In September1973, in Chile, the American journalist Charles Horman arrives in Valparaiso with his friend Terry Simon to meet his wife Beth and bring her back to New York with him. However, they are surprised by the military coup d'état sponsored by the US Government to replace President Salvador Allende and Charles is arrested by the military force. His father Ed Horman, a conservative businessman from New York, arrives in Chile to seek out his missing son with Beth. He goes to the American Consulate to meet the Consul that promises the best efforts to find Charles while the skeptical Beth does not trust on the word of the American authorities. The nationalism and confidence of Ed in his government changes when he finds the truth about what happened with his beloved son.Written by
Claudio Carvalho, Rio de Janeiro, Brazil
Some movie posters for the film featured a long blurb that read: "Charlie Horman thought that being an American would guarantee his safety. His family believed that being Americans would guarantee them the truth. They were all wrong". See more »
The opening credits roll on a shot of Charlie looking out on the street from the back seat of Capt. Tower's car. The window covers about half of his face, so it's a little more than halfway down. In the next shot showing the car, Charlie is still staring out the window (hasn't moved), but the window is most of the way down. See more »
Consul Phil Putnam:
Listen, Mr Horman, I wish there was something we could say or do.
Well, there's something I'm going to do. I'm going to sue you, Phil. And Tower and the Ambassador and everybody who let that boy die. We're going to make it so hot for you you'll wish you were stationed in the Antarctic.
Consul Phil Putnam:
Well, I guess that's your privilege.
No, that's my right! I just thank God we live in a country where we can still put people like you in jail.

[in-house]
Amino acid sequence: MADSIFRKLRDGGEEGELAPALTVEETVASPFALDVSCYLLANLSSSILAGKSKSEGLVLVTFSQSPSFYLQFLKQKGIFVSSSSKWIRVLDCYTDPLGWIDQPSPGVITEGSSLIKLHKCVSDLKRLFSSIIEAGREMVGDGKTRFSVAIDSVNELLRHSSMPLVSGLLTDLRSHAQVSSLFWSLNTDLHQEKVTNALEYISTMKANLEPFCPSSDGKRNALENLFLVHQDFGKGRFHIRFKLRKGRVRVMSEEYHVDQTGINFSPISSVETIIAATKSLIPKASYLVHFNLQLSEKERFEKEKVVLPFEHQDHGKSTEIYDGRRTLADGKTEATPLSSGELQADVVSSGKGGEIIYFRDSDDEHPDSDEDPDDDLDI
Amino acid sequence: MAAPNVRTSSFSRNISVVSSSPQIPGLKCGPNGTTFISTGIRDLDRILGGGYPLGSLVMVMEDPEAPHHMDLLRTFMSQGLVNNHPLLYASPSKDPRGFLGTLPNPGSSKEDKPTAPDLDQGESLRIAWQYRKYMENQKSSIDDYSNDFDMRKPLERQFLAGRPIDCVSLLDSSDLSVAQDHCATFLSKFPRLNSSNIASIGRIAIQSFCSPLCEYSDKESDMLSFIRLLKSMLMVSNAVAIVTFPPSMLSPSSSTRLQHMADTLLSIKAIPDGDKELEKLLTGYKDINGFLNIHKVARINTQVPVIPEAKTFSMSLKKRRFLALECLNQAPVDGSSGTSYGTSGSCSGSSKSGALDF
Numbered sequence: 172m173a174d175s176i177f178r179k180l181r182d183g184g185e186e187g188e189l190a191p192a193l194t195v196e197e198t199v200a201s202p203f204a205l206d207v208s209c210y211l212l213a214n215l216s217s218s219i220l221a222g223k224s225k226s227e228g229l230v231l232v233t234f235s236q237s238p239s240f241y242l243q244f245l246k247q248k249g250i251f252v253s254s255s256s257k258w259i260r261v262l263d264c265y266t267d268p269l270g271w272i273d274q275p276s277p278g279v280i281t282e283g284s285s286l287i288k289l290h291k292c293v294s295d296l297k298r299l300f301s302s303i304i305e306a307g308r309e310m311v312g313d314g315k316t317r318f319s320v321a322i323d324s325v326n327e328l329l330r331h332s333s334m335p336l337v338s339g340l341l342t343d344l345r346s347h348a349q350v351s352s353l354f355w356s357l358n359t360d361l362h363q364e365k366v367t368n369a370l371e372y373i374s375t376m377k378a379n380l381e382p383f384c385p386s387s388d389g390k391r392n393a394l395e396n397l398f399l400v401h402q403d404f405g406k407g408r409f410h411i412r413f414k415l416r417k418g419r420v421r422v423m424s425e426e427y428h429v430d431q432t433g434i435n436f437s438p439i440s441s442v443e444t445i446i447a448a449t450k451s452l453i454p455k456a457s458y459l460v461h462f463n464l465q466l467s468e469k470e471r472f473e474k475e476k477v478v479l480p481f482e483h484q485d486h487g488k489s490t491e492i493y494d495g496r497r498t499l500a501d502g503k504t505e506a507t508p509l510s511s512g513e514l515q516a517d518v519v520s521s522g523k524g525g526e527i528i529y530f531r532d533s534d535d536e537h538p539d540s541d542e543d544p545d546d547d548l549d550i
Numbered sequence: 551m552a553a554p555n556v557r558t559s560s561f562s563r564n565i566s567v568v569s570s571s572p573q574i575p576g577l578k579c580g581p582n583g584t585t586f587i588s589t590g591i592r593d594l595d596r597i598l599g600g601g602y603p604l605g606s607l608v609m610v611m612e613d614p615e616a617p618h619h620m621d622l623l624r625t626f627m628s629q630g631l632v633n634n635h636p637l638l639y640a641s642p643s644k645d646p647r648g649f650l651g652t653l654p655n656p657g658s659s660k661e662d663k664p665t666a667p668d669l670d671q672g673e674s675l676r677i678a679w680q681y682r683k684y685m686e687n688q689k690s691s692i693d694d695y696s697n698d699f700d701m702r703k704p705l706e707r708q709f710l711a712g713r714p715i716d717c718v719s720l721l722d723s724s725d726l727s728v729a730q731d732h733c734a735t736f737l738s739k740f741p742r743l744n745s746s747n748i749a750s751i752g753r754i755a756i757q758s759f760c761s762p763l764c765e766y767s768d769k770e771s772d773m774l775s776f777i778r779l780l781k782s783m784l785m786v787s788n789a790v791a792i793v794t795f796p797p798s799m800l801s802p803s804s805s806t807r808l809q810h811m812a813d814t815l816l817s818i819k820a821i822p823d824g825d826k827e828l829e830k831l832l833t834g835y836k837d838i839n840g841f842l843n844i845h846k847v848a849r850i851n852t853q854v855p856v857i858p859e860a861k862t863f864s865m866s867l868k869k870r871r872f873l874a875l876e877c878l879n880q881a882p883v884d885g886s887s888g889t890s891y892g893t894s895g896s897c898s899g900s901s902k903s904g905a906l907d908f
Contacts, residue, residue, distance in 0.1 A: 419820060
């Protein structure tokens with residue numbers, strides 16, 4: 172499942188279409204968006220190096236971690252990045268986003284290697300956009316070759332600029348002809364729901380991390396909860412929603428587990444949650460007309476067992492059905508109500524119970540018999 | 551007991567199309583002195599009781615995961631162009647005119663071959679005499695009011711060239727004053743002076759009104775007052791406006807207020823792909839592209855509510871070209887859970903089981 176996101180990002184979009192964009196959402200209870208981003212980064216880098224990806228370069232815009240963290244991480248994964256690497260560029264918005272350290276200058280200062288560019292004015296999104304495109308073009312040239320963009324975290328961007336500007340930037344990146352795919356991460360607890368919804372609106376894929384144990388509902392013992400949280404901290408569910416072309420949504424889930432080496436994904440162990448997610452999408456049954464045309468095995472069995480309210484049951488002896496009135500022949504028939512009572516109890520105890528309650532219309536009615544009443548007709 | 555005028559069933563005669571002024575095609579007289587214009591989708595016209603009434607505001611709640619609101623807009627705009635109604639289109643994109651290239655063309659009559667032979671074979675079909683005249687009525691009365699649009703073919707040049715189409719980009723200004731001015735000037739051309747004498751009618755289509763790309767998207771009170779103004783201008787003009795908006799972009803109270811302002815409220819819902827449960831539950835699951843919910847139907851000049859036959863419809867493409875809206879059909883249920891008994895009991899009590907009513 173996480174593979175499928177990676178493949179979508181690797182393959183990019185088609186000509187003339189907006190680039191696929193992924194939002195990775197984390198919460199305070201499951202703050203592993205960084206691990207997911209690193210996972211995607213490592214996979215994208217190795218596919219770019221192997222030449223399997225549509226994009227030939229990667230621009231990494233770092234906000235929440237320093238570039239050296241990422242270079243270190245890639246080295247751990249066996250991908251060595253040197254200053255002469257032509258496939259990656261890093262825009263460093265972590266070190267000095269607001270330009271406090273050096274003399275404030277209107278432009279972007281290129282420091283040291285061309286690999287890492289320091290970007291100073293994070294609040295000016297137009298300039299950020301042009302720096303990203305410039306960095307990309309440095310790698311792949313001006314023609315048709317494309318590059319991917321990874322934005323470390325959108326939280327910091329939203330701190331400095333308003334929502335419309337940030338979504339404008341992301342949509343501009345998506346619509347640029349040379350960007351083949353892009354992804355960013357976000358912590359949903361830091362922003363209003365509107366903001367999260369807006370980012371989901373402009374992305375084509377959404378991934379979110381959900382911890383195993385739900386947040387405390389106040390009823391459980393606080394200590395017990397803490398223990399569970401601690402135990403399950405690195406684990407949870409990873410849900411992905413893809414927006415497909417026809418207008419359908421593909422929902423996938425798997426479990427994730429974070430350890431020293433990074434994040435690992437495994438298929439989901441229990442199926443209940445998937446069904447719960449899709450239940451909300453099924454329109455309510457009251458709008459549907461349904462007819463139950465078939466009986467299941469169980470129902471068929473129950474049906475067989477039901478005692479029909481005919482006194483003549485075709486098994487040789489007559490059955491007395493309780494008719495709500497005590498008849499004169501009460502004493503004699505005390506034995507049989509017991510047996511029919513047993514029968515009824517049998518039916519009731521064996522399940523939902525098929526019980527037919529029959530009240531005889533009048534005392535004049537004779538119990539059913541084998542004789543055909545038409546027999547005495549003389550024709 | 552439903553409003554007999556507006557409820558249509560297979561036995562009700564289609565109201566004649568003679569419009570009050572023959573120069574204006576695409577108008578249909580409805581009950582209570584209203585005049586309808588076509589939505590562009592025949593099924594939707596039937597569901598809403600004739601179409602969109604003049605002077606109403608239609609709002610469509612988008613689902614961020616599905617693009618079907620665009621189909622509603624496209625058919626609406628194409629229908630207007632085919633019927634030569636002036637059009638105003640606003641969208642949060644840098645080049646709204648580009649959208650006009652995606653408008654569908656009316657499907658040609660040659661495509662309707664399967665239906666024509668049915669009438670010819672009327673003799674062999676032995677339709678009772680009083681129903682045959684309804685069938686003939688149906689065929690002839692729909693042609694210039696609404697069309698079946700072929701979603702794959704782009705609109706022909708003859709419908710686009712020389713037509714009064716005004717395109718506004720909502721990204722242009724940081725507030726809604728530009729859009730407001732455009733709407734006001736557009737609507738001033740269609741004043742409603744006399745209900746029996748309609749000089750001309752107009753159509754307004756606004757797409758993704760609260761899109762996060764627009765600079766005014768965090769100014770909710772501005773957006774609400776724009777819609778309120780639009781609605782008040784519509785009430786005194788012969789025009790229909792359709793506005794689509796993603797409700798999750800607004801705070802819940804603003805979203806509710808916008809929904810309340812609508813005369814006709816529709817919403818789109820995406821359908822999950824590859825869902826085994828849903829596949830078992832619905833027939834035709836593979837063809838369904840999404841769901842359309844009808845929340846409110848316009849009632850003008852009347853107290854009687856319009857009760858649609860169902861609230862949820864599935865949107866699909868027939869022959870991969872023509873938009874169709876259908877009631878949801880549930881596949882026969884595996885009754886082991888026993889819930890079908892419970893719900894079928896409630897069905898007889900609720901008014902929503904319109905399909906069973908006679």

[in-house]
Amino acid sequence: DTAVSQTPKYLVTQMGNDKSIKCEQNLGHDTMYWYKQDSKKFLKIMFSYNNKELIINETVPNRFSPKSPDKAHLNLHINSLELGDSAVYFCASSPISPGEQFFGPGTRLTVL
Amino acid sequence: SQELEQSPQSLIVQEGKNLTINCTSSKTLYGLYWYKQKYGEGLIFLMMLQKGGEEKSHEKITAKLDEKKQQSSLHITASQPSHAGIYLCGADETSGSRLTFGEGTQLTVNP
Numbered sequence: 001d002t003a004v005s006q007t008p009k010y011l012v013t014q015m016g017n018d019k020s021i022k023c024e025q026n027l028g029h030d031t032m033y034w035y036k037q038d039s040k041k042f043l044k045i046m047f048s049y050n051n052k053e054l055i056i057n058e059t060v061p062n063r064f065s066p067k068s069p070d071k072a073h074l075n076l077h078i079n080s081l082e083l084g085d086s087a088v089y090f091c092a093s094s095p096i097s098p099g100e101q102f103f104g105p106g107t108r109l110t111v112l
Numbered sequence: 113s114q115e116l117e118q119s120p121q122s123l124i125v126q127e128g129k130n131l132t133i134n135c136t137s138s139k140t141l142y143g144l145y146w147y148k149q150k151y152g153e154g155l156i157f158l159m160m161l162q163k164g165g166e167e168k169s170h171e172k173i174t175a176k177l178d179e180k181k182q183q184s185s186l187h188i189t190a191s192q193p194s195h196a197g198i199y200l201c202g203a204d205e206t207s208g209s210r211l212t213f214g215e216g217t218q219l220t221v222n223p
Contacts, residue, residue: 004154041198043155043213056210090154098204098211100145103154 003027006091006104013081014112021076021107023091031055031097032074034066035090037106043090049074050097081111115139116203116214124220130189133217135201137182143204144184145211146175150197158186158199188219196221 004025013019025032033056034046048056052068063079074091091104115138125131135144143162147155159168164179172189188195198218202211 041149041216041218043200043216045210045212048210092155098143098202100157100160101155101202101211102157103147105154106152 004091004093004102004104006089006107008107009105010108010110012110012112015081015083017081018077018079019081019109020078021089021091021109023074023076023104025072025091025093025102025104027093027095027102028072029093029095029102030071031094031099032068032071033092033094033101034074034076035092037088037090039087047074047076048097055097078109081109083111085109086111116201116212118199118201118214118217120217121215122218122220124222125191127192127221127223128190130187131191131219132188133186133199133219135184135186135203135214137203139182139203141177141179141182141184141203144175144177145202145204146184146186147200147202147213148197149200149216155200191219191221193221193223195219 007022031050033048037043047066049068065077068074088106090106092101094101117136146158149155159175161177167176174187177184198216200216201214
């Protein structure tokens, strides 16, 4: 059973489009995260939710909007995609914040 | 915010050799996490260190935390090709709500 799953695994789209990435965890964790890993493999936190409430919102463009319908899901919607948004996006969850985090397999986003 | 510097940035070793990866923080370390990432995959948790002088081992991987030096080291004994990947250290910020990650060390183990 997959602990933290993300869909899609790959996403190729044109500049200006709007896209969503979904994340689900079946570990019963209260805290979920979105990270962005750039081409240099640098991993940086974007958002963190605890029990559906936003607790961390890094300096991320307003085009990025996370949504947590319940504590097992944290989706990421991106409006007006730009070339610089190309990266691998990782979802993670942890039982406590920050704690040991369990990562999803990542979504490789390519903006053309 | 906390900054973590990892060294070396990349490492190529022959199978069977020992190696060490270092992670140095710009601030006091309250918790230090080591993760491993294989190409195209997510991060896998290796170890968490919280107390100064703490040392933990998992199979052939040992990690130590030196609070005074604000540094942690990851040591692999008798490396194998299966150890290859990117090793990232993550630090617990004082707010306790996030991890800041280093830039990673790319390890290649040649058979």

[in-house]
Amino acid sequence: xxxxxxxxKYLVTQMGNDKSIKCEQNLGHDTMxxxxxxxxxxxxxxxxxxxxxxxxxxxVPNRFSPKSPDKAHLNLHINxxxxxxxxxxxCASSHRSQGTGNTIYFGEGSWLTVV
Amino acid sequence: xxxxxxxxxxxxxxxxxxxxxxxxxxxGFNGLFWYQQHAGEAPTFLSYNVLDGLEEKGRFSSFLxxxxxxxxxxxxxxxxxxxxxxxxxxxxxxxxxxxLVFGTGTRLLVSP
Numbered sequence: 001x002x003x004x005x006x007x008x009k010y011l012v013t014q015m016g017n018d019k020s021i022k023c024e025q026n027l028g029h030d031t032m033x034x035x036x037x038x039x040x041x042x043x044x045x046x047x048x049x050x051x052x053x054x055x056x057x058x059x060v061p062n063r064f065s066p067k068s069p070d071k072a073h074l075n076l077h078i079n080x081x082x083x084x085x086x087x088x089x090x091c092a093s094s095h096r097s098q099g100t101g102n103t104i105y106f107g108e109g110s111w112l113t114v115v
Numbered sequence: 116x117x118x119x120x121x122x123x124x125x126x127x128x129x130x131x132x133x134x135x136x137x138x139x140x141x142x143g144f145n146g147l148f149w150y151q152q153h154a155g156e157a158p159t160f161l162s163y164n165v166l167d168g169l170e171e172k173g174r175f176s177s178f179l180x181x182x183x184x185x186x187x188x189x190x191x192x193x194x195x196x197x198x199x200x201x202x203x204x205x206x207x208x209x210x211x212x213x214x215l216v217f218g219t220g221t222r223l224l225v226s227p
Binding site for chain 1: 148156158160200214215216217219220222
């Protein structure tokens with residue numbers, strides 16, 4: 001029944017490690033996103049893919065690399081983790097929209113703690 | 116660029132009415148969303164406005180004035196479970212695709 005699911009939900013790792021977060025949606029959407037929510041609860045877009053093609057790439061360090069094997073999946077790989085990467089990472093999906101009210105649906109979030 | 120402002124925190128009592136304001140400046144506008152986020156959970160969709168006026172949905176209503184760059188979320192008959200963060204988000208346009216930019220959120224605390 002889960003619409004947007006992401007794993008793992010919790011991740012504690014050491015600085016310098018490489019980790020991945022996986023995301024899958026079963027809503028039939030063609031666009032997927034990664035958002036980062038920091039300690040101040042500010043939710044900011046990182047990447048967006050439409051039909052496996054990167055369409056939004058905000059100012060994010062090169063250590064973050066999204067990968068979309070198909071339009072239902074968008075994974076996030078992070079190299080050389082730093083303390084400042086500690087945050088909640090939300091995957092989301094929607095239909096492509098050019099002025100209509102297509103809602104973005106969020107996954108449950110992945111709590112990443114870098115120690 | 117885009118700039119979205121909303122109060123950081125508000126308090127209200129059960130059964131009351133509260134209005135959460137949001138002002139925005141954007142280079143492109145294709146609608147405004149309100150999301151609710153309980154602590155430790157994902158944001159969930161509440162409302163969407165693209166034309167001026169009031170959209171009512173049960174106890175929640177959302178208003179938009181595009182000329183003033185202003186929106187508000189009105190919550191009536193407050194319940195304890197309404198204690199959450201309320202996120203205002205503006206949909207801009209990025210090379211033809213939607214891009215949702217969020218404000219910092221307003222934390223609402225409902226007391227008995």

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Though I was 30 yrs old when the film came out in 1982 I didn't see it at the time although I was aware of its content. And, as is true of a lot of people my age (tho not all, of course), I toyed with liberal political beliefs when I was younger (1960's and 1970's), then gradually became more moderate bordering on conservative as I got older, onto where now I personally am not too sure where to stand. Well, I just saw 'Missing' for the 1st time. It brings back all my previous leftist 'paranoia' about capitalism and national interests. And causes me to wonder why I ever abandoned them. After the movie, I cruised certain sites on the Internet, one being a series of articles referenced in the misc. section under this movie on IMDb. They chillingly re-enforced the truth (?) that at the highest levels of our government there was complicity, even outright orders, to kill thousands, including American citizens, in the interest of capitalism, national interests and (so-called) 'national security'. I am sorry to say (sorry in the sense that with my limited personal intelligence, I am never completely sure if I am right and sorry to doubt my own government) that I am starting agree with some others, that our foreign policy has, is and probably will be be based, to the detriment of our national security, on the almighty dollar. I'm also sorry for the political comments on a movie site but, of course, the nature of "Missing" brought this on, and its very well directed, written and acted scenes. Please don't question things I have said unless you have seen the movie and read some of the articles. 10/10 ***new addition*** And I completely, of course, agree with lev_lafayette. Read the book, it is much better. I have read the book, 'Missing'. And as with most movies based on books, especially 'non-fiction' books, the content in the book is more detailed and hits you closer to the bone, heart, mind and conscience in many ways than the movie. And that is hard to believe in this case because Constantin Costa-Gavras (director) managed to create a movie experience that is nearly as moving as the work it was based upon. It was/is a great movie experience....sir. Thank you, CC-G. For those of you out there who have an easy criticism (one I agree with) now of the US (MY country and I care about it) because of Iraq, you need to watch this film or read the book. What can go wrong is deep seated (human instincts) and hard to root out. It can happen to you and your country and government. We are all human and capable of desire, greed and religious beliefs overruling true morality and an open mind and heart. Please, all of you, keep things in perspective. Fight for the right of anyone to truly express their opinion without fear of repercussions and fight for the rights of all peoples. Especially against government repression and government crimes against humanity. Bless your soul, Charles Horman, and Thomas Hauser, the author of The Execution of Charles Horman: An American Sacrifice (1978). Curse your souls, all those who contributed toward Mr. Horman's death. Including my president and his advisers. nuffsaid newest revision: I humbly present that I am surprised and encouraged by the attention to this review, both in favor and not. Thanks...Jeff Johns, now 63 yrs old. (502)600-6111, firstname.lastname@example.org, 130 Canterbury Street, Lawrenceburg, KY. This newest revision was added in spirit with Paris, France, Nov. 2015 (and in some understanding of the conflict)
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